Should Czechs worry about prices of food skyrocketing?

Prices of some basic foodstuffs in the Czech Republic have gone up by 20 to 30 percent since the beginning of the year due to the government’s fiscal reform, as well as the global food crisis and record-breaking costs of fuel. But Czech consumers may have to reach even deeper in their pockets in the near future to pay their grocery bills.

Jan Veleba
The fiscal reform, introduced early this year by Mirek Topolánek’s centre-right government, increased the VAT on food from five to nine percent. Together with the rising costs of oil and other energies, Czechs have had to pay up to 30 percent more for some commodities than a year ago. Jan Veleba, the head of the Czech Agrarian Chamber, associating the country’s food producers, now believes that yet another price hike lies ahead.

“In the case of the Czech Republic, the price of pork will certainly go up because breeding is really going down right now; the numbers of pigs in the country are dramatically decreasing. This will inevitably lead to a situation when the offer will not cover the demand for pork. We suppose this might happen at the beginning of the second half of 2008. Prices of bakery products keep going up as well. I believe that this, together with the increasing prices of rice, oil and other commodities, will lead to another price increase of 10 to 20 percent.”

Jan Veleba blames the government for not taking any action to halt the sharp increase in the price of basic foodstuffs. Although the current forecasts suggest that Europe’s agricultural crops will be excellent this year and might help keep food prices low, Mr Veleba says there is only one thing that needs to be done.

Agriculture Minister Petr Gandalovič
“Various countries from around the world, as well as the World Bank and the UN have been reacting with different political and economic steps to deal with the world’s growing demand for food. In the Czech Republic, Agriculture Minister Petr Gandalovič has come up with a reform of the country’s agricultural policy which does not at all mention agrarian production. There is only one way to deal with the increasing food prices: to rapidly use all our resources to intensify food production. It really is high time we start acting to meet the growing demand for food.”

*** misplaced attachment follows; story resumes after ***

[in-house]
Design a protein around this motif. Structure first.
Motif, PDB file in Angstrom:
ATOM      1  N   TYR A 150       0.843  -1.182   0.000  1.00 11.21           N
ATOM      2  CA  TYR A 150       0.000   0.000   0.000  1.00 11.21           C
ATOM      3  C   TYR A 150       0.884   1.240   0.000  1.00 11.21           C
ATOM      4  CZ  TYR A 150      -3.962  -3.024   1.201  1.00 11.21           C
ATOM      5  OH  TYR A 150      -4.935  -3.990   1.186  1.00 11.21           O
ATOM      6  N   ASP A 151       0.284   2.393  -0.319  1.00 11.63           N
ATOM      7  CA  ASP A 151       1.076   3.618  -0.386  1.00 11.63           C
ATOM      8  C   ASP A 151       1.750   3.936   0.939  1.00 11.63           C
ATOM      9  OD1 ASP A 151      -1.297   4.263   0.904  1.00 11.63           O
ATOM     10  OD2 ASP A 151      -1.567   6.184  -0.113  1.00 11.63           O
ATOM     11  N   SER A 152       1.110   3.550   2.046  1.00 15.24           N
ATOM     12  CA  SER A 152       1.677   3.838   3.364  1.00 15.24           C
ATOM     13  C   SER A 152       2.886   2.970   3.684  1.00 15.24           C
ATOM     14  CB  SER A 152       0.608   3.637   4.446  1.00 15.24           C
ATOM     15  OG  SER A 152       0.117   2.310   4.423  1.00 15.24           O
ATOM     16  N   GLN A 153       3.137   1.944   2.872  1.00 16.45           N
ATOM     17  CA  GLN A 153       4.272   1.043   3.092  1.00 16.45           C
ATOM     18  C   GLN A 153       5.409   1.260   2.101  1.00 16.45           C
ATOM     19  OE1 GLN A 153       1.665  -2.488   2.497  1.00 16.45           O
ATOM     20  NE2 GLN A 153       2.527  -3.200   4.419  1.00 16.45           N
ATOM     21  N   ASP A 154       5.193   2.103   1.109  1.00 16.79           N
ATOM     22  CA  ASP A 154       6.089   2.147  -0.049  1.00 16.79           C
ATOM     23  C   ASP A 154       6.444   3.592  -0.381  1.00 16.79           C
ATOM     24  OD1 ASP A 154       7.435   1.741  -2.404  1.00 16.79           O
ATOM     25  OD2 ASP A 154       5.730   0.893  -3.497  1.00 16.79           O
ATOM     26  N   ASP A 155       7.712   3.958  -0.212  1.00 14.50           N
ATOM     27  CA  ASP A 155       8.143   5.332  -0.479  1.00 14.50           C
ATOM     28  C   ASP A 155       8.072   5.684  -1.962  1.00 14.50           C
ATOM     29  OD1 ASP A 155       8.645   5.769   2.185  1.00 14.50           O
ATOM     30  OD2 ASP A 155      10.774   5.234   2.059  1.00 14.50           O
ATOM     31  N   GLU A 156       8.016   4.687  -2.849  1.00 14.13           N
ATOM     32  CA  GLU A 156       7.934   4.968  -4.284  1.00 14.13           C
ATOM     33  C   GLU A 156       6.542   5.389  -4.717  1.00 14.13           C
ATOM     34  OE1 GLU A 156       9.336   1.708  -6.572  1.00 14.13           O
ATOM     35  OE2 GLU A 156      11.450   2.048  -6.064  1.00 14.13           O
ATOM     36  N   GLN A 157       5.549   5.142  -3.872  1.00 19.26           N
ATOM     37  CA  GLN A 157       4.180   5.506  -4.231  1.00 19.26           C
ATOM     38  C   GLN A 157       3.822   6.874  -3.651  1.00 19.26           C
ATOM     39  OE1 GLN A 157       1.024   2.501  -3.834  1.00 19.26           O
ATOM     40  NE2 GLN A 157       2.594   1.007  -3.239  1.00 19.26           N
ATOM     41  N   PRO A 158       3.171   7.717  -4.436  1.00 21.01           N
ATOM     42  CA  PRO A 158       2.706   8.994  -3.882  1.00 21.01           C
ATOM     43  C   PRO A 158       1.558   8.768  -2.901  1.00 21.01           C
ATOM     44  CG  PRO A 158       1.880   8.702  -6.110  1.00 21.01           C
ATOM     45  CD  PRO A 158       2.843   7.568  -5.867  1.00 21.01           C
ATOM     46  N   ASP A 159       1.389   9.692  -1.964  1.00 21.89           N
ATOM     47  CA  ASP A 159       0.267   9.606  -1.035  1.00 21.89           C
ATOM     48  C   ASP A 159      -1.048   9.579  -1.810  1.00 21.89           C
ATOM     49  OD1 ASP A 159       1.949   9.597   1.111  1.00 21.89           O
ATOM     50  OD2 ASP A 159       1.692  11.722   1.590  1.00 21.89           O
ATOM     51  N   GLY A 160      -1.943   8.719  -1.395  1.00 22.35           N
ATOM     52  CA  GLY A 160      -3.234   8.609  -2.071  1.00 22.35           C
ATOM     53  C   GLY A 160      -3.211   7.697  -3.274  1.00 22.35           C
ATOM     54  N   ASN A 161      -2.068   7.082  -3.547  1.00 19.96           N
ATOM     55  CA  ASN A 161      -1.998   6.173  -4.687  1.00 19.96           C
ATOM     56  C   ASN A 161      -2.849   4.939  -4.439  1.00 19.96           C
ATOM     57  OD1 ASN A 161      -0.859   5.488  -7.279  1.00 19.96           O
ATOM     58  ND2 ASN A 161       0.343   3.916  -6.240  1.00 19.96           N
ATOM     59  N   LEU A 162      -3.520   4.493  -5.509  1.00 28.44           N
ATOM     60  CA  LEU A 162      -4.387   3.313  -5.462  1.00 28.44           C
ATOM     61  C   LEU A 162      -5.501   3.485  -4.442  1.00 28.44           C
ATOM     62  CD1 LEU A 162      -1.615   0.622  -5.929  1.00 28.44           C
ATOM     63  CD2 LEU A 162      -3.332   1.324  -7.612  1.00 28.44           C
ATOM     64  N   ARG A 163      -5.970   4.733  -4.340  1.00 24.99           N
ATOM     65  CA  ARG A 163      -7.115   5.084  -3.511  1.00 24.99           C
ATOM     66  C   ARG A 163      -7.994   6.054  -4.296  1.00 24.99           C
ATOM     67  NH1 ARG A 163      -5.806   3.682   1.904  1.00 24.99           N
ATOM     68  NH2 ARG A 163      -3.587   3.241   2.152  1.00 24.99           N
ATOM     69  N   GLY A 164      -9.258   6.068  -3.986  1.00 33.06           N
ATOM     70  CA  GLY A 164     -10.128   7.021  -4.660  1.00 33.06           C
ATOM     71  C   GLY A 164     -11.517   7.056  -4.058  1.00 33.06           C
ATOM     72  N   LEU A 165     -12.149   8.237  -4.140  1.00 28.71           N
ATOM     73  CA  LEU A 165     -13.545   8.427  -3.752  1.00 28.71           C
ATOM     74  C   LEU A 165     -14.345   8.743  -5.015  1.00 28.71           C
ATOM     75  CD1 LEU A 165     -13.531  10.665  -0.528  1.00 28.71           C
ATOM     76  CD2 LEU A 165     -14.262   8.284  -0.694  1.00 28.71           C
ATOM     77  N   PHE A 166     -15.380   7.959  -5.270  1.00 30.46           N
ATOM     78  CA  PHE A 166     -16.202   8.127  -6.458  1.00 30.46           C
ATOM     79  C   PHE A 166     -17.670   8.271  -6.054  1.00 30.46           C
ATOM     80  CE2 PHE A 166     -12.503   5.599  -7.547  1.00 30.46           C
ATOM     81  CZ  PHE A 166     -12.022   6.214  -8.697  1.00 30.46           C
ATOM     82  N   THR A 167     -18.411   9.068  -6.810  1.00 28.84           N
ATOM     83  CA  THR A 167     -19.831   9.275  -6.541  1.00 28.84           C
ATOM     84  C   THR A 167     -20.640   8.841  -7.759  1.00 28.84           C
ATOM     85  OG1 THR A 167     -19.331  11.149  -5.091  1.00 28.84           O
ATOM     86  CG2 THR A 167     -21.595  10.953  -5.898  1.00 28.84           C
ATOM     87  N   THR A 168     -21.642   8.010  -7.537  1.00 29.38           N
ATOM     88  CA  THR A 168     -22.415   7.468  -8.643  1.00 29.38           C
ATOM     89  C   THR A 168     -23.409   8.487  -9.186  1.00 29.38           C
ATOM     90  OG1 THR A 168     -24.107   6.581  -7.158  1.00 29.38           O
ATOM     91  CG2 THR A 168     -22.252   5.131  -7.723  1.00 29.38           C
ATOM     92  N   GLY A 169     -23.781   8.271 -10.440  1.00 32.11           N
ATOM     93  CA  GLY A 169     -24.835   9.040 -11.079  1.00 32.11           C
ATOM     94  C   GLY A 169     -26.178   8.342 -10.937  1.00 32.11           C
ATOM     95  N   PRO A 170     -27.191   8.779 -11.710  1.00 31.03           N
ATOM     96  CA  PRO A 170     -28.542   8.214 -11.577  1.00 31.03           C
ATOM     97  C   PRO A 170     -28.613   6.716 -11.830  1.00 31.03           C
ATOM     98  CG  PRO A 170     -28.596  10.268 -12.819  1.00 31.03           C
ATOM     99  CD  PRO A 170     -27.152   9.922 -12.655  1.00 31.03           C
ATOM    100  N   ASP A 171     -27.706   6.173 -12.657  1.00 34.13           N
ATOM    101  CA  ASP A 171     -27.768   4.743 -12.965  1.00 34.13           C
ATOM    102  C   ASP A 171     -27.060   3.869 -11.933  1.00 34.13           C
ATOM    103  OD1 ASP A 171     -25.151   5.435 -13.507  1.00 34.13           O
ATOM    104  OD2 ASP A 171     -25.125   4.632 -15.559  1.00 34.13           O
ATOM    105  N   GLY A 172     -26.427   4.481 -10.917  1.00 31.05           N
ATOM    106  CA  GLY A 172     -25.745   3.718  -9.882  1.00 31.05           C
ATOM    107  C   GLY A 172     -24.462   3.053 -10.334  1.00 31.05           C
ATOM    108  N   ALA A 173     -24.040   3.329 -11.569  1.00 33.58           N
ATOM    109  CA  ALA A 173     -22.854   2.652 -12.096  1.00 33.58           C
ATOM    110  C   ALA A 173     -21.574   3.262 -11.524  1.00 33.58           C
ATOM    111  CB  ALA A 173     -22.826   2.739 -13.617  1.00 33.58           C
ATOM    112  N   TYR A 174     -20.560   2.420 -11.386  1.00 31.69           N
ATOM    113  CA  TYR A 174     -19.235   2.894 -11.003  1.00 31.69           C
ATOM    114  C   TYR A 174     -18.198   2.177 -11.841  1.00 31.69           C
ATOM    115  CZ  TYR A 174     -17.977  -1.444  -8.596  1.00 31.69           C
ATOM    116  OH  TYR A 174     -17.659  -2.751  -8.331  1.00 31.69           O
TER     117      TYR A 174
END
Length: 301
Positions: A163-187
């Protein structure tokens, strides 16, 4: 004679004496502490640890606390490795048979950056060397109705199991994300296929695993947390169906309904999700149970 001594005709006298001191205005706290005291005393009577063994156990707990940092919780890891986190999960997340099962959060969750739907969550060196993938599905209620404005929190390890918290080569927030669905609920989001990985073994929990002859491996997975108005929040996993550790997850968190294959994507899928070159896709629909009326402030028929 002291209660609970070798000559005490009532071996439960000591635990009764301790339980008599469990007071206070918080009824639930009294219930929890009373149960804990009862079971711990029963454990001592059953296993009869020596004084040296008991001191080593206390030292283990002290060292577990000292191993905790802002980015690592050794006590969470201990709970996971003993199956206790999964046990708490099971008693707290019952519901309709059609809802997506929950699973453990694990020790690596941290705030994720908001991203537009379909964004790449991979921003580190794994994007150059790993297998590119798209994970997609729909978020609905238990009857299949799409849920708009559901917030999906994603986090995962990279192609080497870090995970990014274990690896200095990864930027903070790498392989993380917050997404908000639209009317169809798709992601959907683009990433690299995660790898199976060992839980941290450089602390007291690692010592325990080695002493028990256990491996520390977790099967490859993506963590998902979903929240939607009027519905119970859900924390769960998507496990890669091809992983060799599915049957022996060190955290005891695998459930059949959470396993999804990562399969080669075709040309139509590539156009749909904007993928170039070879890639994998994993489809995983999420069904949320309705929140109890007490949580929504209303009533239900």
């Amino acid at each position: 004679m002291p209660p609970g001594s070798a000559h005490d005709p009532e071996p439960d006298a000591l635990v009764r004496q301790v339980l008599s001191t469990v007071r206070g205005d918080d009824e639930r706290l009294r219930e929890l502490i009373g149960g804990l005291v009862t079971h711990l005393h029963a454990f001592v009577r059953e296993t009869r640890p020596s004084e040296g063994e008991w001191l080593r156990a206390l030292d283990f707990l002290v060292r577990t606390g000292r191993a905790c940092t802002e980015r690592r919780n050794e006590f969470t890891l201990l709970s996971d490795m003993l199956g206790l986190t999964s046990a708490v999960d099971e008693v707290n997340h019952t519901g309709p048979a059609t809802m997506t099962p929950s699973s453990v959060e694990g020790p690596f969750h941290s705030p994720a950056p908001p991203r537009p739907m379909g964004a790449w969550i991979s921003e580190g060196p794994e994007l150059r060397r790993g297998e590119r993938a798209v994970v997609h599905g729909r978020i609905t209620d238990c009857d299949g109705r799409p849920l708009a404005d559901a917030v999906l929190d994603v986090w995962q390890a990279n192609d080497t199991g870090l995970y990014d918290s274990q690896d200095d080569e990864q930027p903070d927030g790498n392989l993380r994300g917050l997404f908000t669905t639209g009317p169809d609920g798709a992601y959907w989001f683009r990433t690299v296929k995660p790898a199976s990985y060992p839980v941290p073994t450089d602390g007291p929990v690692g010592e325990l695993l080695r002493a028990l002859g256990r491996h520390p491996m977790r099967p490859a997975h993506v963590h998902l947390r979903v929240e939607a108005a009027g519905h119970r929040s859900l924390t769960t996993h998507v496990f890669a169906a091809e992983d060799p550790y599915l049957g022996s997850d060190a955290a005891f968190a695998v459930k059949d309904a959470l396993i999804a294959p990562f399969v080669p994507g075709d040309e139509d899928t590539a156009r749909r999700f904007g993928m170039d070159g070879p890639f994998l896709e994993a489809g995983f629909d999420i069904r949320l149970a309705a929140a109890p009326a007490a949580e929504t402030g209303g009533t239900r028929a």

The Czech Agriculture Ministry has acknowledged the situation but is not considering introducing any special measures. Deputy Agriculture Minister Stanislav Kozák says that the European Union, and the Czech government, has already addressed the issue.

“Even the European Commission has come to recognize this and has abolished the duty to put land into set-aside in the old 15 EU countries. In the Czech Republic, an incentive working towards this goal is the fact that agricultural producers have the option to draw the top-up payments of up to 30 percent from the national budget so I don’t think we need to introduce any other measures at the moment.”

If the prospects of record harvests this year come true, the increase in food prices in the Czech Republic, and elsewhere in Europe, might not be quite so dramatic. But Tomáš Sedláček, the chief strategist for the ČSOB bank, says European agriculture will eventually have to adapt to the changing global food market.

“I think that the future of Europe will be in “high-tech” agriculture, in bio production that will be supplied to the European and other sophisticated markets that can afford higher prices while regular foodstuffs will be exported to other countries. Europe, and the Czech Republic with it, will have to see dramatic changes to the common agricultural policy. In the past, our policy was built on pushing the prices of food up; that will no longer be necessary.”